From trudging through rain forests at night to snorkeling over the largest coral reef system in the world, students in the Australian Coastal Studies program swap the classroom for the great outdoors. Every fall, up to 48 students learn about the marine biology and ecology of the region, as well as the history and culture of the 118-year-old nation. Each course is taught in a different location along the northeastern coast of Australia. Students engage in extensive field research, conducting ecosystem surveys off Heron Island, studying wallabies in a nature preserve in Far North Queensland and exploring the geology of caves in the Australian Outback.
“It’s a hands-on learning experience that is backed by lab work and field trips,” says Brian Kim, ’19, an environmental systems engineering major. “We weren’t just studying coral bleaching; we were snorkeling in the Great Barrier Reef, where we saw the effect of environmental degradation and how that was affecting the coral.”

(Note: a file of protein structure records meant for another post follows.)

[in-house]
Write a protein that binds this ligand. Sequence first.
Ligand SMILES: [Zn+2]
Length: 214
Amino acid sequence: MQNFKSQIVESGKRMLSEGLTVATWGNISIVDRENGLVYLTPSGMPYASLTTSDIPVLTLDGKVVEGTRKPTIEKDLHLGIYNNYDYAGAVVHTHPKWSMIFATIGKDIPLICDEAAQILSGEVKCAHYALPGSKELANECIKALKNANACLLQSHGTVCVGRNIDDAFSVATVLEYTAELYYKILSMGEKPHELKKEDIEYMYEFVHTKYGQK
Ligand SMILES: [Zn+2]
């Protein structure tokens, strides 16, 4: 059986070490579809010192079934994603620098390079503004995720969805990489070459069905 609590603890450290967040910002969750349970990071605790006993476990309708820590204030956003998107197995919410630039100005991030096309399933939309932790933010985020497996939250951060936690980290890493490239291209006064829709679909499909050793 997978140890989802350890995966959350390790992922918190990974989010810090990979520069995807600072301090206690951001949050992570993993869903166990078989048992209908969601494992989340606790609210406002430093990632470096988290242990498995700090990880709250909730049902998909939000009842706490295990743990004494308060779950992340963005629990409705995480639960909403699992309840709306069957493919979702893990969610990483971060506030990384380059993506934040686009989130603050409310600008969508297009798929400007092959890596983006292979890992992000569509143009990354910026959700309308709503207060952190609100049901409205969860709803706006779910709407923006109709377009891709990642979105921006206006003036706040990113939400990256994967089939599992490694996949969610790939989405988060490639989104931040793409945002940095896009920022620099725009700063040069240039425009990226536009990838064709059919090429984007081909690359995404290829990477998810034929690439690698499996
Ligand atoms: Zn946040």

Founded in 2003, Stanford in Australia “is the only overseas program in a quarter that allows for this significant outdoor research,” says Adrian Doyle, associate director for student and academic services for the Bing Overseas Studies Program. “Students really get their hands dirty.” At the end of the quarter, students complete research projects on topics ranging from the influence of stingray foraging on invertebrate communities in tidal flats to the efficacy of the mangrove as a shoreline protector.
For Tamara Mekler, ’17, MS ’18, a human biology major, the real treat was spending her birthday inspecting caves and swimming holes at Chillagoe-Mungana Caves National Park in Far North Queensland. She remembers lying with her friends on an empty road in the Outback and staring at the night sky. They were scouting for meteors. “Twenty shooting stars for my 20th birthday. I still have never seen such a spectacularly lit sky like I did that night.”